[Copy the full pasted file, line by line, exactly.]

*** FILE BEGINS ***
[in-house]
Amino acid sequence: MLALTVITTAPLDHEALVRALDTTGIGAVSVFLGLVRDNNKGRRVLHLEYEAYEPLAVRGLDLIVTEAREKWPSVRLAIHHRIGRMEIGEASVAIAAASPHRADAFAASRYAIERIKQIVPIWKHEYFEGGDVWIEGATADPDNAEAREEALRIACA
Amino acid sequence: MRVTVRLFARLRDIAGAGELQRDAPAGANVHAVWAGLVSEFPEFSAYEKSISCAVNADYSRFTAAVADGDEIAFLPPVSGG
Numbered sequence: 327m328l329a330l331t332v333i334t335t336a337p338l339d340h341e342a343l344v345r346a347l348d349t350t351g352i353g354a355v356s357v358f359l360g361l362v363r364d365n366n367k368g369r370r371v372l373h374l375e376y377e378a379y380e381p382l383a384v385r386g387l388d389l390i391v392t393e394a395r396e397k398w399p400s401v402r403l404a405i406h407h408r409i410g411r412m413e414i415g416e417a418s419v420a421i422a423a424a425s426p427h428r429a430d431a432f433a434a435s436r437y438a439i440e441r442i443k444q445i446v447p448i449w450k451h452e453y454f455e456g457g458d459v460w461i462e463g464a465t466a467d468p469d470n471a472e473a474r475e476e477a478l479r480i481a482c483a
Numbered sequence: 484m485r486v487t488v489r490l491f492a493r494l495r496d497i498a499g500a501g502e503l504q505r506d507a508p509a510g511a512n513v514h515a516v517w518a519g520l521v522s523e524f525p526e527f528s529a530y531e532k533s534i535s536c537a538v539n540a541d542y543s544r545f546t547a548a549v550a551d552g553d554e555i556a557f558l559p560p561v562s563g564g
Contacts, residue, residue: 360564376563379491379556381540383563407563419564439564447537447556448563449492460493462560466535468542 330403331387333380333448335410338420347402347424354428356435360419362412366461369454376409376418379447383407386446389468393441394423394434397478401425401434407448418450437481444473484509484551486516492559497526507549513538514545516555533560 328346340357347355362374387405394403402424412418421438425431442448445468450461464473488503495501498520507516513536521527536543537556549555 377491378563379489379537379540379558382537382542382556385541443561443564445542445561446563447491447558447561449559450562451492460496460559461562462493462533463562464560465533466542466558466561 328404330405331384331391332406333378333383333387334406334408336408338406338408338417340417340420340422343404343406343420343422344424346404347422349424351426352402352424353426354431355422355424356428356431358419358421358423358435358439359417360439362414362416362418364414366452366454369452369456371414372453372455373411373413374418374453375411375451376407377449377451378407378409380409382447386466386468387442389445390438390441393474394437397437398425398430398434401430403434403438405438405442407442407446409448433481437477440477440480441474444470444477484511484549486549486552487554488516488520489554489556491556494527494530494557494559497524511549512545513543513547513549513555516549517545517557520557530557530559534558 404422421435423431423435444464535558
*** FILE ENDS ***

[in-house]
Amino acid sequence: MLALTVITTAPLDHEALVRALDTTGIGAVSVFLGLVRDNNKGRRVLHLEYEAYEPLAVRGLDLIVTEAREKWPSVRLAIHHRIGRMEIGEASVAIAAASPHRADAFAASRYAIERIKQIVPIWKHEYFEGGDVWIEGATADPDNAEAREEALRIACA
Amino acid sequence: MRVTVRLFARLRDIAGAGELQRDAPAGANVHAVWAGLVSEFPEFSAYEKSISCAVNADYSRFTAAVADGDEIAFLPPVSGG
Numbered sequence: 327m328l329a330l331t332v333i334t335t336a337p338l339d340h341e342a343l344v345r346a347l348d349t350t351g352i353g354a355v356s357v358f359l360g361l362v363r364d365n366n367k368g369r370r371v372l373h374l375e376y377e378a379y380e381p382l383a384v385r386g387l388d389l390i391v392t393e394a395r396e397k398w399p400s401v402r403l404a405i406h407h408r409i410g411r412m413e414i415g416e417a418s419v420a421i422a423a424a425s426p427h428r429a430d431a432f433a434a435s436r437y438a439i440e441r442i443k444q445i446v447p448i449w450k451h452e453y454f455e456g457g458d459v460w461i462e463g464a465t466a467d468p469d470n471a472e473a474r475e476e477a478l479r480i481a482c483a
Numbered sequence: 484m485r486v487t488v489r490l491f492a493r494l495r496d497i498a499g500a501g502e503l504q505r506d507a508p509a510g511a512n513v514h515a516v517w518a519g520l521v522s523e524f525p526e527f528s529a530y531e532k533s534i535s536c537a538v539n540a541d542y543s544r545f546t547a548a549v550a551d552g553d554e555i556a557f558l559p560p561v562s563g564g
Contacts, residue, residue: 360564376563379491379556381540383563407563419564439564447537447556448563449492460493462560466535468542 330403331387333380333448335410338420347402347424354428356435360419362412366461369454376409376418379447383407386446389468393441394423394434397478401425401434407448418450437481444473484509484551486516492559497526507549513538514545516555533560 328346340357347355362374387405394403402424412418421438425431442448445468450461464473488503495501498520507516513536521527536543537556549555 377491378563379489379537379540379558382537382542382556385541443561443564445542445561446563447491447558447561449559450562451492460496460559461562462493462533463562464560465533466542466558466561 328404330405331384331391332406333378333383333387334406334408336408338406338408338417340417340420340422343404343406343420343422344424346404347422349424351426352402352424353426354431355422355424356428356431358419358421358423358435358439359417360439362414362416362418364414366452366454369452369456371414372453372455373411373413374418374453375411375451376407377449377451378407378409380409382447386466386468387442389445390438390441393474394437397437398425398430398434401430403434403438405438405442407442407446409448433481437477440477440480441474444470444477484511484549486549486552487554488516488520489554489556491556494527494530494557494559497524511549512545513543513547513549513555516549517545517557520557530557530559534558 404422421435423431423435444464535558